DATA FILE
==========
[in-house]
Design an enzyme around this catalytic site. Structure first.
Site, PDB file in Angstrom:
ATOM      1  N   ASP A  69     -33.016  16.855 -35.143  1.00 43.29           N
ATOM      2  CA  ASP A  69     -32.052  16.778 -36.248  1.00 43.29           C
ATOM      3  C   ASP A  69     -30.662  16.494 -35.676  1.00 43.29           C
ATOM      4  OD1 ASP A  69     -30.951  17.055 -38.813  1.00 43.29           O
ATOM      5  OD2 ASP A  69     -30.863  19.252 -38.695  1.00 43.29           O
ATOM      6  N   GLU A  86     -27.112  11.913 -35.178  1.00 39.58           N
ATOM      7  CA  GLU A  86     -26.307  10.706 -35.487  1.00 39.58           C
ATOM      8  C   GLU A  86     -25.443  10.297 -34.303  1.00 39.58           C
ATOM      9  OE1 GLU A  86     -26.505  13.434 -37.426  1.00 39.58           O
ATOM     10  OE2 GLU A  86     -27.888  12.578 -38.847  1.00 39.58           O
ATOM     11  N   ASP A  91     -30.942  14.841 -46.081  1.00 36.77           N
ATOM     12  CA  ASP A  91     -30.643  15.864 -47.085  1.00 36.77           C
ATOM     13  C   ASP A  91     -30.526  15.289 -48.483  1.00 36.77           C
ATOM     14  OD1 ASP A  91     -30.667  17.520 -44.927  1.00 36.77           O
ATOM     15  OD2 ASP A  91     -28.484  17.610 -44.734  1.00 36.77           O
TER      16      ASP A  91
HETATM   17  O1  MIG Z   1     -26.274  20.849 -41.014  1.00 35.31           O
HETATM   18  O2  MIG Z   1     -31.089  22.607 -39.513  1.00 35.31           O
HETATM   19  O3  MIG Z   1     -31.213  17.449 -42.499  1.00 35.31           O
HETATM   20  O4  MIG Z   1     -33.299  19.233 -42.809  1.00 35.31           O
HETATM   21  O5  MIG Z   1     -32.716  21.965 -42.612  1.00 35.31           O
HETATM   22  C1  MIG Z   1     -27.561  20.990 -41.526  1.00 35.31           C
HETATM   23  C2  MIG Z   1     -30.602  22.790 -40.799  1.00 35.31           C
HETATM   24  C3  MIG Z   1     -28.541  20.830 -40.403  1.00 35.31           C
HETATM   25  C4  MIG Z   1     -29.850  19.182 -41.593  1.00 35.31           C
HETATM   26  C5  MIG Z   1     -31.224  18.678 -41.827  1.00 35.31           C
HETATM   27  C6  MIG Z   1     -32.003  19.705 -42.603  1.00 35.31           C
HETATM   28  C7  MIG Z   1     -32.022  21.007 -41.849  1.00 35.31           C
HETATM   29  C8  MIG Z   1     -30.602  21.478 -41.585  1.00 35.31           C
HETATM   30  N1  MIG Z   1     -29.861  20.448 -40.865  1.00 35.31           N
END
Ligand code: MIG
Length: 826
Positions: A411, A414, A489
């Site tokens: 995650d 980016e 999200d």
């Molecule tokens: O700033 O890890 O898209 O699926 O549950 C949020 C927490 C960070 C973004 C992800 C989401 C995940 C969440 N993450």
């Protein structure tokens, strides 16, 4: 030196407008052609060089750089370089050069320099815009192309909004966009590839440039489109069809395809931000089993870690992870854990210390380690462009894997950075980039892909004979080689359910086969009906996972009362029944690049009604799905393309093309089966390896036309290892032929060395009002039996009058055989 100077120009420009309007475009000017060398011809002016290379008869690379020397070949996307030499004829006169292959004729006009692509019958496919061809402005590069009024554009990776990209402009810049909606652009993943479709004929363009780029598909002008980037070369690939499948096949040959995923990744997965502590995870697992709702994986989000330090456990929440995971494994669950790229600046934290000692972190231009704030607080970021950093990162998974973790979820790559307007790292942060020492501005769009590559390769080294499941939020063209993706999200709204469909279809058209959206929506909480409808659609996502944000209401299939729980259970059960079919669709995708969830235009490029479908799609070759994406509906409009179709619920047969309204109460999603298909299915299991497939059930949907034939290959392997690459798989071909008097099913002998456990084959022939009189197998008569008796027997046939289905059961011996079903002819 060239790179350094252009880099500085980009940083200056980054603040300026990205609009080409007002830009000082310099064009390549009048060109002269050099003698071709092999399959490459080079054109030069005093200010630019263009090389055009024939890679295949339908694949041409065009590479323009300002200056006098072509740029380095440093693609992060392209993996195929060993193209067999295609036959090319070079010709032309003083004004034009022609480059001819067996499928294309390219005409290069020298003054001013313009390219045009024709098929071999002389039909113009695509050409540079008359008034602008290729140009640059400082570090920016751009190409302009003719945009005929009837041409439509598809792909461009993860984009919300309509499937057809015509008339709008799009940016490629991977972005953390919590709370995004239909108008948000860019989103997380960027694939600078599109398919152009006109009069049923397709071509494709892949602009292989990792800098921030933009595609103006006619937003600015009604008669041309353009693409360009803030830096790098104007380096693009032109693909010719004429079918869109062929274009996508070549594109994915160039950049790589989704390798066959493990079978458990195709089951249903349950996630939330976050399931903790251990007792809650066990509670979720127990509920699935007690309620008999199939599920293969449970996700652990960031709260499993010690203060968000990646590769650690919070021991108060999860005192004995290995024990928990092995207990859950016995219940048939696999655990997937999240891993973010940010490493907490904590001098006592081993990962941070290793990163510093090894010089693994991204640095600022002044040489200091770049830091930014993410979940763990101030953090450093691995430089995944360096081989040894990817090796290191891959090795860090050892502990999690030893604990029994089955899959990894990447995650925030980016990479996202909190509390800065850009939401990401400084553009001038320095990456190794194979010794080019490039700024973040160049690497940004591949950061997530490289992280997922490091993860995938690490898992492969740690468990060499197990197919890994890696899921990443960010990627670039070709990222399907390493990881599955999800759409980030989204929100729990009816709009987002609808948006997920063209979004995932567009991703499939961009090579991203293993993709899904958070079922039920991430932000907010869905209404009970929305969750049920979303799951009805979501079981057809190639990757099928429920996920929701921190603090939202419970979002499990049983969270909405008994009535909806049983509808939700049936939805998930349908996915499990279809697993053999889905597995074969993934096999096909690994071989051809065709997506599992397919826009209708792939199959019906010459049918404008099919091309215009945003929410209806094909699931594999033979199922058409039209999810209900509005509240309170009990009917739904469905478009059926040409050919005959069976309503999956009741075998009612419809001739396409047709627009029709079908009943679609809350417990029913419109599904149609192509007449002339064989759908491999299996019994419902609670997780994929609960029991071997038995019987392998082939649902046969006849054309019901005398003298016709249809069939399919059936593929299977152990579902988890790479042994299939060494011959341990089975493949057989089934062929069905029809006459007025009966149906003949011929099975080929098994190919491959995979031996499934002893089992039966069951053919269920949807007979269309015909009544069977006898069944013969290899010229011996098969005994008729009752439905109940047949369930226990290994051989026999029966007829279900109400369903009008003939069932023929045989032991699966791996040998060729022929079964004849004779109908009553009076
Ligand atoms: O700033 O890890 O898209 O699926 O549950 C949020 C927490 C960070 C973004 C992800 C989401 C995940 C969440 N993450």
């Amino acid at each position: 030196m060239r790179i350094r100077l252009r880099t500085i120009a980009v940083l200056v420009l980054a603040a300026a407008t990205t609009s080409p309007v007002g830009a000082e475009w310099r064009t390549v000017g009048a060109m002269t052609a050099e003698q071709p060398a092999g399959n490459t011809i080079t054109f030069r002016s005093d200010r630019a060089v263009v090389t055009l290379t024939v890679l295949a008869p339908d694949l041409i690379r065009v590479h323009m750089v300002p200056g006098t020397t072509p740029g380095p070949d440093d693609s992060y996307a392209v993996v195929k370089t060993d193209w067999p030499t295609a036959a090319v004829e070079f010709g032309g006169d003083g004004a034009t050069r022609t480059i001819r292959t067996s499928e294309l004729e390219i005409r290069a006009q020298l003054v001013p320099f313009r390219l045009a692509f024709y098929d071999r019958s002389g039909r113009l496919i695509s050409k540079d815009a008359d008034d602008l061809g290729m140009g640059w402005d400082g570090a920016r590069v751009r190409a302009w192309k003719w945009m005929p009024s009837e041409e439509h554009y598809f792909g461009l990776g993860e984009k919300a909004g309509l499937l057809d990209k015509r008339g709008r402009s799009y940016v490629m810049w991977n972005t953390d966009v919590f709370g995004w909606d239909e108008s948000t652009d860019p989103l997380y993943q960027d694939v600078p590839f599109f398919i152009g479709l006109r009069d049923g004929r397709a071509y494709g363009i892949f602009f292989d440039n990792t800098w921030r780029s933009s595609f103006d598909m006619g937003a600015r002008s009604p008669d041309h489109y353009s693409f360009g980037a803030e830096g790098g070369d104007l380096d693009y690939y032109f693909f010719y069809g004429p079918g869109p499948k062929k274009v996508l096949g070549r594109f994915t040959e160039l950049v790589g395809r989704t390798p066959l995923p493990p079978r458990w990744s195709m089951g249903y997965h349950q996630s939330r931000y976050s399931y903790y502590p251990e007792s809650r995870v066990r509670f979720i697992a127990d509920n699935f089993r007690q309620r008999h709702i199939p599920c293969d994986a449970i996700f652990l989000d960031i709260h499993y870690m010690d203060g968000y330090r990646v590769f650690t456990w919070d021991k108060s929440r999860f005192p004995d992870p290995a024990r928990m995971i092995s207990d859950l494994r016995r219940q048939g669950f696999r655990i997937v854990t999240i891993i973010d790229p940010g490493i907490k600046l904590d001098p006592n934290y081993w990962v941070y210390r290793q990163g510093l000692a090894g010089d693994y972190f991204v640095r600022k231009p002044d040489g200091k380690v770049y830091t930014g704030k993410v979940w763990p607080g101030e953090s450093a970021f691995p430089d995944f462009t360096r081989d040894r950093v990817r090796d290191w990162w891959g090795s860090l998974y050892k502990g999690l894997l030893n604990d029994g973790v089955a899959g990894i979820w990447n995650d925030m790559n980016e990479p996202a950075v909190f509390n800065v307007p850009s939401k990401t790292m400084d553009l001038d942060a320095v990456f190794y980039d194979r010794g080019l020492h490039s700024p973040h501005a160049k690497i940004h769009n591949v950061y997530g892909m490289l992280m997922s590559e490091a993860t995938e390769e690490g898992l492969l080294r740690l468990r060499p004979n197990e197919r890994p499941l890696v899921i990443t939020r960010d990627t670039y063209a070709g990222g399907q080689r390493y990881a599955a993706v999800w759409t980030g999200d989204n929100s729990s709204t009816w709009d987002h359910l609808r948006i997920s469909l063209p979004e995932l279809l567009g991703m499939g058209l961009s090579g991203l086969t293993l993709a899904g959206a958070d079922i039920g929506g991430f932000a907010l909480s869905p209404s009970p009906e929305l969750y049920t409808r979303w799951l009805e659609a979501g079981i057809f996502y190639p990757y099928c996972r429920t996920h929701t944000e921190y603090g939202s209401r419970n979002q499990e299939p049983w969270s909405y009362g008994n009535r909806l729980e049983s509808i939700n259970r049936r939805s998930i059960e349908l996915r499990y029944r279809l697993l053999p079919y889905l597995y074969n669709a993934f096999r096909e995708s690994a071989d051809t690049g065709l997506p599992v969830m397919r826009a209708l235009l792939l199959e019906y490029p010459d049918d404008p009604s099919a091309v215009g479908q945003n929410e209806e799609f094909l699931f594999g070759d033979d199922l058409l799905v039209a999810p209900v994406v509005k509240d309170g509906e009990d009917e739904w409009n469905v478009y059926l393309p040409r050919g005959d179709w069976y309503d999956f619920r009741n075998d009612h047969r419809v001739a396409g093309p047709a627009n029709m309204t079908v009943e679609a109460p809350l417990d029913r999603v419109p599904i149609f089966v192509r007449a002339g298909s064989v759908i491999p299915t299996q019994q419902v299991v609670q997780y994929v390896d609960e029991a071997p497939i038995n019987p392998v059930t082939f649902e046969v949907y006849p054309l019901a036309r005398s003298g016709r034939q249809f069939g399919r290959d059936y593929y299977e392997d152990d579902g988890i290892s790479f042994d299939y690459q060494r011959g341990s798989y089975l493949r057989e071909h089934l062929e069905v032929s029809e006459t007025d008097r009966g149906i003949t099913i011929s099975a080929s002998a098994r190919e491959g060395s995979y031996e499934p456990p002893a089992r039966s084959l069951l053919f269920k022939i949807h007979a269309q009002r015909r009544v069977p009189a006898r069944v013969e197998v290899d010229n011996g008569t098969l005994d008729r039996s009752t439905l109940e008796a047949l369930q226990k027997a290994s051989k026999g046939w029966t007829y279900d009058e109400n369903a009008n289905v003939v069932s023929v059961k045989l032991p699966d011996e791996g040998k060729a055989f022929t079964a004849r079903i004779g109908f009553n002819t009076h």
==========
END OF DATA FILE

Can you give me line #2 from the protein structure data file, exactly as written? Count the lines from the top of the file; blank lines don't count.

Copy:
Design an enzyme around this catalytic site. Structure first.